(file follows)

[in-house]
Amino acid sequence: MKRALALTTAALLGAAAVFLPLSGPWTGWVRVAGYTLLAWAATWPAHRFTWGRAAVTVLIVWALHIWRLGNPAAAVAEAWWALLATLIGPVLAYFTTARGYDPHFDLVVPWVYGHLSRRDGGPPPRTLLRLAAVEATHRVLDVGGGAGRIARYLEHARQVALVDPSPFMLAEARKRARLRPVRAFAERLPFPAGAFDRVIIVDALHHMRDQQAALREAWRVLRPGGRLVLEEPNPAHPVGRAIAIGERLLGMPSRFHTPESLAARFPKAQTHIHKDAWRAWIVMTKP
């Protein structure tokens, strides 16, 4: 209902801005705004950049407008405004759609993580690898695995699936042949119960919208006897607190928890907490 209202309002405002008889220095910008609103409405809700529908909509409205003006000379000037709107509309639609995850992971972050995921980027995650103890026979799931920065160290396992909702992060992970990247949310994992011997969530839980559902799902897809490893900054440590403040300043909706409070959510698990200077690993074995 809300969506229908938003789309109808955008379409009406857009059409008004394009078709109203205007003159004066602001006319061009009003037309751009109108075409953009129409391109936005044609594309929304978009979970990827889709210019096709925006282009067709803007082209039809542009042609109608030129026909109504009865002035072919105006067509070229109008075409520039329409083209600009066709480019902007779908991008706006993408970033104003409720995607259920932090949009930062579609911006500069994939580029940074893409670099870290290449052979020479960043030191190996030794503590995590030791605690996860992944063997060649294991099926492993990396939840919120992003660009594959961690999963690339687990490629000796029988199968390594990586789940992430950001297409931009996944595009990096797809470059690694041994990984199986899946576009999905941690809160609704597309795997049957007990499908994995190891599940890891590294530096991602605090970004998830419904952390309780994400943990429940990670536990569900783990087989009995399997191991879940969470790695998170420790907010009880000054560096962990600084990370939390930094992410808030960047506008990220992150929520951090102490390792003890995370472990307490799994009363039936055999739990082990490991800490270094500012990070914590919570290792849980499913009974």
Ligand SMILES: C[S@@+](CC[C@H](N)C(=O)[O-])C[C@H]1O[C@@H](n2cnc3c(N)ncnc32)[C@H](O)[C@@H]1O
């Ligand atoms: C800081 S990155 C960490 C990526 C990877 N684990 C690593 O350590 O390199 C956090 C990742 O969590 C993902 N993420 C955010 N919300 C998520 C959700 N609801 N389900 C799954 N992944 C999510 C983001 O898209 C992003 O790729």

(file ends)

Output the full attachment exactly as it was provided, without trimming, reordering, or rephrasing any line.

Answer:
[in-house]
Amino acid sequence: MKRALALTTAALLGAAAVFLPLSGPWTGWVRVAGYTLLAWAATWPAHRFTWGRAAVTVLIVWALHIWRLGNPAAAVAEAWWALLATLIGPVLAYFTTARGYDPHFDLVVPWVYGHLSRRDGGPPPRTLLRLAAVEATHRVLDVGGGAGRIARYLEHARQVALVDPSPFMLAEARKRARLRPVRAFAERLPFPAGAFDRVIIVDALHHMRDQQAALREAWRVLRPGGRLVLEEPNPAHPVGRAIAIGERLLGMPSRFHTPESLAARFPKAQTHIHKDAWRAWIVMTKP
């Protein structure tokens, strides 16, 4: 209902801005705004950049407008405004759609993580690898695995699936042949119960919208006897607190928890907490 209202309002405002008889220095910008609103409405809700529908909509409205003006000379000037709107509309639609995850992971972050995921980027995650103890026979799931920065160290396992909702992060992970990247949310994992011997969530839980559902799902897809490893900054440590403040300043909706409070959510698990200077690993074995 809300969506229908938003789309109808955008379409009406857009059409008004394009078709109203205007003159004066602001006319061009009003037309751009109108075409953009129409391109936005044609594309929304978009979970990827889709210019096709925006282009067709803007082209039809542009042609109608030129026909109504009865002035072919105006067509070229109008075409520039329409083209600009066709480019902007779908991008706006993408970033104003409720995607259920932090949009930062579609911006500069994939580029940074893409670099870290290449052979020479960043030191190996030794503590995590030791605690996860992944063997060649294991099926492993990396939840919120992003660009594959961690999963690339687990490629000796029988199968390594990586789940992430950001297409931009996944595009990096797809470059690694041994990984199986899946576009999905941690809160609704597309795997049957007990499908994995190891599940890891590294530096991602605090970004998830419904952390309780994400943990429940990670536990569900783990087989009995399997191991879940969470790695998170420790907010009880000054560096962990600084990370939390930094992410808030960047506008990220992150929520951090102490390792003890995370472990307490799994009363039936055999739990082990490991800490270094500012990070914590919570290792849980499913009974």
Ligand SMILES: C[S@@+](CC[C@H](N)C(=O)[O-])C[C@H]1O[C@@H](n2cnc3c(N)ncnc32)[C@H](O)[C@@H]1O
């Ligand atoms: C800081 S990155 C960490 C990526 C990877 N684990 C690593 O350590 O390199 C956090 C990742 O969590 C993902 N993420 C955010 N919300 C998520 C959700 N609801 N389900 C799954 N992944 C999510 C983001 O898209 C992003 O790729």